It is not as if Mike Otto is accustomed to a lot of cheers. Even so, he could not help but recognize the silence when he went down — and briefly stayed down — during Wednesday’s practice.
“Dowell [Loggains, quarterbacks coach] said it’s the most important I’ve ever been to the organization,” he said with a chuckle.
Otto has been with the Tennessee Titans for more than six seasons and has started just twice, only once at his actual position. He has not even been in uniform for any of this season’s first seven games due to injury issues that surfaced early in training camp.
The thought — no matter how fleeting — that he might not be available for Sunday’s game against Indianapolis at LP Field (noon, CBS), however, made his teammates and coaches hold their breath momentarily. That’s because he is the one in line to play for left tackle Michael Roos, whose status is uncertain because he underwent an appendectomy Monday.
“That’s what I prepare for every week, as if I’m going to be the guy,” Otto said. “This week I may have to step up and play. I just have to be prepared to do it and to go into the week like I’m the starter.”
To say it is an unusual situation is an understatement.
Roos has played and started every game of his NFL career, a streak that currently covers all 119 games since the start of 2005. Among all current tackles, it is the second longest active streak of consecutive appearances.
His counterpart, right tackle David Stewart, has missed just four games since the start of the 2006 season.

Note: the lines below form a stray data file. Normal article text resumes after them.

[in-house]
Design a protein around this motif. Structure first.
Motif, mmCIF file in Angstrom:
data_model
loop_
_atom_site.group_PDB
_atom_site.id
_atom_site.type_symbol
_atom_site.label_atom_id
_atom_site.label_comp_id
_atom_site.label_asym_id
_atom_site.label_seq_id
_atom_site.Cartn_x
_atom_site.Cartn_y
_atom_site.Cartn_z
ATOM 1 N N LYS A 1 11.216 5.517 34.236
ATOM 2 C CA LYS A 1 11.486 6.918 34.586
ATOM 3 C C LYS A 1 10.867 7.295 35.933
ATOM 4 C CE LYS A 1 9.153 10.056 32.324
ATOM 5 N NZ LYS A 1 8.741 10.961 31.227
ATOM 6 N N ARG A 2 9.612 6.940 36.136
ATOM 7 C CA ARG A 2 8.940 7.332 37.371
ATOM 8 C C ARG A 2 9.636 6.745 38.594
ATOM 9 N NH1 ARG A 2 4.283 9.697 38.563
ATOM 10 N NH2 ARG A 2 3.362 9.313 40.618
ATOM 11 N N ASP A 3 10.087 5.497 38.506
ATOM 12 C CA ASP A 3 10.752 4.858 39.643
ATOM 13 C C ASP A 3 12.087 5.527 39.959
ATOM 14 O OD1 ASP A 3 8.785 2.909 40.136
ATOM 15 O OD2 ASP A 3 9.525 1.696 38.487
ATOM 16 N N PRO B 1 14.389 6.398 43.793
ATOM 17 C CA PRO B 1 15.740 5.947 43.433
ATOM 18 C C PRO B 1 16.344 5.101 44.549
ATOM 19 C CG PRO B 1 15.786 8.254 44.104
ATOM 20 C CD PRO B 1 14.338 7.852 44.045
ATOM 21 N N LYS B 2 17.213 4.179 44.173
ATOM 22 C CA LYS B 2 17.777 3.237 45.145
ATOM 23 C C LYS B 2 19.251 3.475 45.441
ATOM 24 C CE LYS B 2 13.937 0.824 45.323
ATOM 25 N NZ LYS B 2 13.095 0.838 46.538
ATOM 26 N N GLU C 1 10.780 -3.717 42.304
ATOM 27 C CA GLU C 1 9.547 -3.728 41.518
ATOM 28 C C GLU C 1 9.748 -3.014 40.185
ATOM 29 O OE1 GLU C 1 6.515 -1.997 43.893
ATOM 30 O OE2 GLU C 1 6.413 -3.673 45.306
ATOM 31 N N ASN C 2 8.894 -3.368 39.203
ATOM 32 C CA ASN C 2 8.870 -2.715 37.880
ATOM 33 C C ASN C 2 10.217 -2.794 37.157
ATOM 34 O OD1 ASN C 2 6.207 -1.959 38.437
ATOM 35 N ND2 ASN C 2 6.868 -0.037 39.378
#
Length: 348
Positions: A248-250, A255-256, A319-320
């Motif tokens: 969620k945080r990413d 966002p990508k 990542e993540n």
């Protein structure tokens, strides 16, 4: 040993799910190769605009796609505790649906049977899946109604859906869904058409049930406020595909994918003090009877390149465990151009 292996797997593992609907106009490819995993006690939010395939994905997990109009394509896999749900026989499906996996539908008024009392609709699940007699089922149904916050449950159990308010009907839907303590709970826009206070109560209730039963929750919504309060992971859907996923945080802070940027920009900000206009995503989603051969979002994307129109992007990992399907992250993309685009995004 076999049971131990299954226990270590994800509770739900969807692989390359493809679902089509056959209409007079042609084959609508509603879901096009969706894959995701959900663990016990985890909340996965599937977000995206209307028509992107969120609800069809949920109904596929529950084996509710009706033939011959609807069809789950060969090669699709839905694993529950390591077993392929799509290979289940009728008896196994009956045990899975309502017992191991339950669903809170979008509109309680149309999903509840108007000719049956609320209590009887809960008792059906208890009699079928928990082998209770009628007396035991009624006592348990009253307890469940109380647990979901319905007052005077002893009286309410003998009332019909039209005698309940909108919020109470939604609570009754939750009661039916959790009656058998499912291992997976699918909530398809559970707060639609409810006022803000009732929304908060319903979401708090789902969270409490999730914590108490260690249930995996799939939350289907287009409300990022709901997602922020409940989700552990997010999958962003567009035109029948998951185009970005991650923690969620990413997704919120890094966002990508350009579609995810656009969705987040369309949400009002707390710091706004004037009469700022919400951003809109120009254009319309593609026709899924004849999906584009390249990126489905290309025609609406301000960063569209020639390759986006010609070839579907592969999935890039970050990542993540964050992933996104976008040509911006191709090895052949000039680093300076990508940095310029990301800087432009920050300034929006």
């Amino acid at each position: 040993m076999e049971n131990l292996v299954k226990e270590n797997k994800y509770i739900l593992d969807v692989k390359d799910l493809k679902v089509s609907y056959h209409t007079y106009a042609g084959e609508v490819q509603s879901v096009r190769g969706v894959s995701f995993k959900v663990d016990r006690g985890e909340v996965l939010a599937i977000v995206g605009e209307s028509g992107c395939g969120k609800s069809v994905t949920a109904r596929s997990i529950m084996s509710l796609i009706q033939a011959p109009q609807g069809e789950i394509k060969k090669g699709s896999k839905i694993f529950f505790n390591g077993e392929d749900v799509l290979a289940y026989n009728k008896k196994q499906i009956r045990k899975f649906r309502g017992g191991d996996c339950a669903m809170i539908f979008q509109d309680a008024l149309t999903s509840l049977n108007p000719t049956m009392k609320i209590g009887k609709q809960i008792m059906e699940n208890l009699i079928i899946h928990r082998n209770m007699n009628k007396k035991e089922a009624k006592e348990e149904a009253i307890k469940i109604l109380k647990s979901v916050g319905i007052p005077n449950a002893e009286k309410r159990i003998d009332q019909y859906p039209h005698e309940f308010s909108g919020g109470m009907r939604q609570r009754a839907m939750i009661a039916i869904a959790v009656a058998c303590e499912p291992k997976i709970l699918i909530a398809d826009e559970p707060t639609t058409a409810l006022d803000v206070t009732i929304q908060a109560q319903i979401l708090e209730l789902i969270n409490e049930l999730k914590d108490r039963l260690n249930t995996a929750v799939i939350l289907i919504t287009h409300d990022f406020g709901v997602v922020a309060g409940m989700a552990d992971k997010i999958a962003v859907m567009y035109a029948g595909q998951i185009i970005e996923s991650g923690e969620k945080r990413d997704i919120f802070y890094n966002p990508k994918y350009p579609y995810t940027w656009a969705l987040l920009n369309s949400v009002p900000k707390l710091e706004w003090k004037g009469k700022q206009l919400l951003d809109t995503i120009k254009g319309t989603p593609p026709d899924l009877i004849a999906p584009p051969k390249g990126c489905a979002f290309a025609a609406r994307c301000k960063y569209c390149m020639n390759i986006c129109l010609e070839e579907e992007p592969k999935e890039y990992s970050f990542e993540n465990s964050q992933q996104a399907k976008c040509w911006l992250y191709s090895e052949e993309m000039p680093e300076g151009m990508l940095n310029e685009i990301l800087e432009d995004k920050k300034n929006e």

The Titans drafted Otto in the seventh round in 2007. Oddly, part of his appeal was that he set a Purdue record with 51 career starts. He was at left tackle for every game of his college career.
“He reminds me of when we had Jason Mathews all those years,” coach Mike Munchak said. “Jason Mathews hung around, and when we needed him, he stepped in and played well for us in a lot of tough spots and a lot of playoff-run years that we had. I think Otto is kind of the same thing. … Every time he’s kind of stepped in, he’s done his job.
“He’s smart, a very smart player. He knows what his limitations are. He’s smart with technique and uses it wisely. I think we feel comfortable that he’ll come in and do a nice job.”
Mathews was with the franchise from 1998 through 2004 and primarily bided his time behind left tackle Brad Hopkins and right tackles Jon Runyan and Fred Miller. He started just 12 games for Tennessee during that time, more than half of them in his final season.
The only time Otto started at tackle was last season, when he filled in for Stewart in a 23-17 victory over Tampa Bay. He was credited with a start in 2010 when he was on the field for the first play against Washington, a game the Titans lost 19-16.
“I play this game to go out and play, be a starter and step up when I need to,” Otto said. “I’m looking forward to that opportunity and that challenge. … If I have to step up right now this is my time to do that. I’m going to be prepared to do that.”
It still is not clear whether he’ll be needed.
Roos still has not been ruled out. He was one of five Titans who were not involved in any of Wednesday’s workout but planned to meet with doctors later in the week and reevaluate his status then.
“All I can do is take it day-by-day and see how it goes between [Wednesday] and [Thursday] and then Friday and Saturday,” Roos said. “You just have to let it heal, see how fast it heals and how it’s doing. Just see how it is each day, how much pain there might be.”
Until then, everyone will think of Otto as the starter, which makes them think about him a little differently.
“He actually went down last week in practice, missed a play and no one really cared,” quarterback Matt Hasselbeck said. “He went down [Wednesday] and it was big news.
“He’s a tough guy and a smart player. Just like all of us who are in a backup role at some point, your whole job is to be ready to be called upon. If he’s called upon, which it looks like he might be, he has to be ready to go. And he will.”